April is Alcohol Awareness Month―a time when the nation focuses on the prevention, intervention, and treatment of alcohol-related problems. This year there is good news. Over the last decade, there has been a steady decline in past-month, or current, drinking by adolescents and young adults. We also have seen similar declines in binge and heavy drinking among young people. However, we should not ignore the slight upticks in past-month use among 16- to 20-year-olds. These changes are important because they include drinking among college students. In short, it’s a problem we need to be talking about.
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More than 2 million young adults will soon begin their first year of college. Right now, students and their families are busy packing dorm supplies, reading course catalogs, and otherwise preparing to send a young adult off to college. But what else should families do to ensure that their loved one actually succeeds in college? One answer is to talk with them about avoiding underage drinking during college.
Alcohol problems are alarmingly common in the general population. Between 10 and 20 percent of patients seen in primary care or hospital settings have a diagnosable alcohol use disorder. However, there are treatment options available.Many addiction experts believe that patients with moderate or severe alcohol-related problems should routinely be offered medication-assisted treatment. Unfortunately, current evidence shows that medications are underused in the treatment of alcohol use disorders. In fact, of the 18.0 million people who met the criteria for alcohol dependence or abuse in 2013, only 1.4 million received any type of treatment (excluding mutual-help groups)—ranging from a single meeting with a counselor to participation in a specialized treatment program.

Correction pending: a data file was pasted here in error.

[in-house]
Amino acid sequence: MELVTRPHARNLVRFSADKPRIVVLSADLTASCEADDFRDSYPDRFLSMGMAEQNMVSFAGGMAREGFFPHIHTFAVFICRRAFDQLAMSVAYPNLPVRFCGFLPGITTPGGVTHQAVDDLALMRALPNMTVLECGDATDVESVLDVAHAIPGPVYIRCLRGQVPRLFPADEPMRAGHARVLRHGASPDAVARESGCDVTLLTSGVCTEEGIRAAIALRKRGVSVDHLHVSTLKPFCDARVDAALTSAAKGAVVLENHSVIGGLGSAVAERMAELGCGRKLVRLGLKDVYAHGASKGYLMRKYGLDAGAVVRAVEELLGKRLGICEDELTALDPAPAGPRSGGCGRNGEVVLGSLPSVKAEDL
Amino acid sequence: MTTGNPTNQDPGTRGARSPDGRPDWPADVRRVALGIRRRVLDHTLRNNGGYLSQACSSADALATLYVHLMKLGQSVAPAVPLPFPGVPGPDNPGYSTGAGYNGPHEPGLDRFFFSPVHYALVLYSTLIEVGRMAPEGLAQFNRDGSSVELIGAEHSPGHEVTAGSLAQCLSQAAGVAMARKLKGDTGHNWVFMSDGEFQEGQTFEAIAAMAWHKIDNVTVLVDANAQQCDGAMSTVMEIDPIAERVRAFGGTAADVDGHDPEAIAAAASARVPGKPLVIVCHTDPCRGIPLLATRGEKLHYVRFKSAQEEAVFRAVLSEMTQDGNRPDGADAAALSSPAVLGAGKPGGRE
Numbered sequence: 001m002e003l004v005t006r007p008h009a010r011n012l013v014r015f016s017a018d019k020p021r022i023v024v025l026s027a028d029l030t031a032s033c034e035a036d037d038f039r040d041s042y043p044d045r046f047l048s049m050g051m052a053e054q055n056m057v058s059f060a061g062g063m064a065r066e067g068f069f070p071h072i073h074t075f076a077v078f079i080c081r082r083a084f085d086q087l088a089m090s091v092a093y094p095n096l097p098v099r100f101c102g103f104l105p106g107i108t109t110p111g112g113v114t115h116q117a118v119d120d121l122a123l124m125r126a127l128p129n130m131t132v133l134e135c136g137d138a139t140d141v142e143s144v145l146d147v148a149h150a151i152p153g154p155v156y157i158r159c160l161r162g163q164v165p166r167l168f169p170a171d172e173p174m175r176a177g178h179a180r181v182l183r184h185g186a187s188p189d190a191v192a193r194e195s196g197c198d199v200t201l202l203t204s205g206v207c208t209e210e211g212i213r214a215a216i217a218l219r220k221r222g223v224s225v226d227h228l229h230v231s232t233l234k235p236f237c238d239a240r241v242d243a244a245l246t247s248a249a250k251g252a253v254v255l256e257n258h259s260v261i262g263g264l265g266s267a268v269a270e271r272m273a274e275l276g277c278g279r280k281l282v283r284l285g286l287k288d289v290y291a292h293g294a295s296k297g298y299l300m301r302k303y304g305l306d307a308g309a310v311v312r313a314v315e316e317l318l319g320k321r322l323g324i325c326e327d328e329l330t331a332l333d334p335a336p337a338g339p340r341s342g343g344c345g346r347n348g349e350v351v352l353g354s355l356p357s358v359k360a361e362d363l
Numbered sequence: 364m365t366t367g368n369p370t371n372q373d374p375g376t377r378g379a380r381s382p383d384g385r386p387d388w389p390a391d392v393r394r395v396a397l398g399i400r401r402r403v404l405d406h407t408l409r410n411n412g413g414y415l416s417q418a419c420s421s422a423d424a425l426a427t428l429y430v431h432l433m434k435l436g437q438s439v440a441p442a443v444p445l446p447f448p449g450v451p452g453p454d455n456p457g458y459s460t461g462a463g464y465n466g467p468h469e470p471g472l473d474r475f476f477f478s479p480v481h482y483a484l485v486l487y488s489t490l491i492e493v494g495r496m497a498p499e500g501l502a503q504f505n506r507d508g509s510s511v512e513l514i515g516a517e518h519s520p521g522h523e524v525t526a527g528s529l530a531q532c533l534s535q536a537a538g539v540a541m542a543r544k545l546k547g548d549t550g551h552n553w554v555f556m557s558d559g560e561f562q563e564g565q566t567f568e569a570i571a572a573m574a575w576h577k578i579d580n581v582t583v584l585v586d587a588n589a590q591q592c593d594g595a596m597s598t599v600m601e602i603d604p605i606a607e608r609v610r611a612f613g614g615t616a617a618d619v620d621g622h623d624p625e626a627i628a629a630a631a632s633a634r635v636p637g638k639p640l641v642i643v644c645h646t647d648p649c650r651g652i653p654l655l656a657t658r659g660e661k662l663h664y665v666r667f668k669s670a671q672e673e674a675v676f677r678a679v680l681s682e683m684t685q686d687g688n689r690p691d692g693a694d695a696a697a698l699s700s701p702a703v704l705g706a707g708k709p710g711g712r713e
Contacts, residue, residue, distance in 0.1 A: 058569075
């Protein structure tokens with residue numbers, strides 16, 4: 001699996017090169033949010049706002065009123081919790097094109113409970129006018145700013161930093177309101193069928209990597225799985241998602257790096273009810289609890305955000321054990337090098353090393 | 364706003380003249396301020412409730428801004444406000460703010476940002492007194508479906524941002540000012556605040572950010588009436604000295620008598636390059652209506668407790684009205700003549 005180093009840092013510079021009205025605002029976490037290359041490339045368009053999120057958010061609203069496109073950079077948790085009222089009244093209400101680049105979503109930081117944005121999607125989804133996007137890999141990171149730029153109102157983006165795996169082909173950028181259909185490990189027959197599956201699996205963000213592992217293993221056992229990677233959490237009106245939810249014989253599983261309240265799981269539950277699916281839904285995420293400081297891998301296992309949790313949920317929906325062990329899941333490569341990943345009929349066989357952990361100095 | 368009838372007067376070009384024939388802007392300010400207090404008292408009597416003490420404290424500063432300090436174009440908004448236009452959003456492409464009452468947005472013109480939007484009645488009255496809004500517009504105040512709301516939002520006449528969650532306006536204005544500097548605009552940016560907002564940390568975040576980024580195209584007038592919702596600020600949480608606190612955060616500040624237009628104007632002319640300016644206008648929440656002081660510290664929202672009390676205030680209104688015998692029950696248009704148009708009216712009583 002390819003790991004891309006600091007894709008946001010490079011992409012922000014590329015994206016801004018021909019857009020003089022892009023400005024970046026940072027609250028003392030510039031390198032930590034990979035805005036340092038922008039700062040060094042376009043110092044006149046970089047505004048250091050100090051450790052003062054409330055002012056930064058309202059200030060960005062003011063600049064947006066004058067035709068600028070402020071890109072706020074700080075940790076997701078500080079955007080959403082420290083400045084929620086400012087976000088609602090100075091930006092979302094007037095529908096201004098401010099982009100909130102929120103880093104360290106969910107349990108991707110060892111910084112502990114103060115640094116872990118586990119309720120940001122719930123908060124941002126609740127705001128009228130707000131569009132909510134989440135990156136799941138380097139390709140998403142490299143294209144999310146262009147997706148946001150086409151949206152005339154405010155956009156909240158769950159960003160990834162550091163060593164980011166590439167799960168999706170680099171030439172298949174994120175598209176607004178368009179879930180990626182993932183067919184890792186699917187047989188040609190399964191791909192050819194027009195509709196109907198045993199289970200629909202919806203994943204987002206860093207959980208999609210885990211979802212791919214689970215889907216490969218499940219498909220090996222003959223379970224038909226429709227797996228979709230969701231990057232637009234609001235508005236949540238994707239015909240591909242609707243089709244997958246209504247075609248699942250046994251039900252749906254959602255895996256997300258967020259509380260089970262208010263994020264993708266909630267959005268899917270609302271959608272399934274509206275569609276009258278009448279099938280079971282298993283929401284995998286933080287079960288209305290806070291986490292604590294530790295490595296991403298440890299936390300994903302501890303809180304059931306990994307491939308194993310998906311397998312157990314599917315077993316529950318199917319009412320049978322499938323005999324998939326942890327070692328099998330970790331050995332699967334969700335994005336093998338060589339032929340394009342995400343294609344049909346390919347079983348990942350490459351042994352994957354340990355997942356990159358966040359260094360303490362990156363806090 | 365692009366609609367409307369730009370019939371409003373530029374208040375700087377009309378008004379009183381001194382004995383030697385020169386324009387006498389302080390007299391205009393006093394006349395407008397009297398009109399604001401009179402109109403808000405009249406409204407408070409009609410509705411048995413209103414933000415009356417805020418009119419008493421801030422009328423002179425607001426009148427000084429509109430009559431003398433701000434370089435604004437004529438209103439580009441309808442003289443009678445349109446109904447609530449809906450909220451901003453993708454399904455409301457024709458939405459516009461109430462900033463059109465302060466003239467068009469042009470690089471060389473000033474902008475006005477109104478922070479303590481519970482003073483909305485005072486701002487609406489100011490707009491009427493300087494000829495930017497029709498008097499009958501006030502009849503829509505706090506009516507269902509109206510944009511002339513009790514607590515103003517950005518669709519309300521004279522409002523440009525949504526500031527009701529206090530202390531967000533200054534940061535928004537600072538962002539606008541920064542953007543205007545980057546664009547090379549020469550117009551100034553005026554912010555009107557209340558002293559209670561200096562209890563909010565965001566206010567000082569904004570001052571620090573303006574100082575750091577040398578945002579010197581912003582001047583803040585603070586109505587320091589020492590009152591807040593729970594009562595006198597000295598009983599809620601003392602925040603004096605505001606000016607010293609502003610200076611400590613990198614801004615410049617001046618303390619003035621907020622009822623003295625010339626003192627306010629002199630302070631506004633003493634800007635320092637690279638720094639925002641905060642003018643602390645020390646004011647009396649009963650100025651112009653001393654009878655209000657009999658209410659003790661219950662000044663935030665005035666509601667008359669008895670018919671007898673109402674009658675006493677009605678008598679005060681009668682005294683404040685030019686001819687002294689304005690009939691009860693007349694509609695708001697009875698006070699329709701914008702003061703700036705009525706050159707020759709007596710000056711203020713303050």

From September 21-27, we celebrate Bisexuality Awareness Week. In honor of this upcoming event, I’d like to talk about the “B” in the LGBT (lesbian, gay, bisexual, transgender) community. Did you know that, of all those who identify as gay, lesbian, or bisexual, half identify as bisexual? That means the “B” the largest segment of the LGBT community.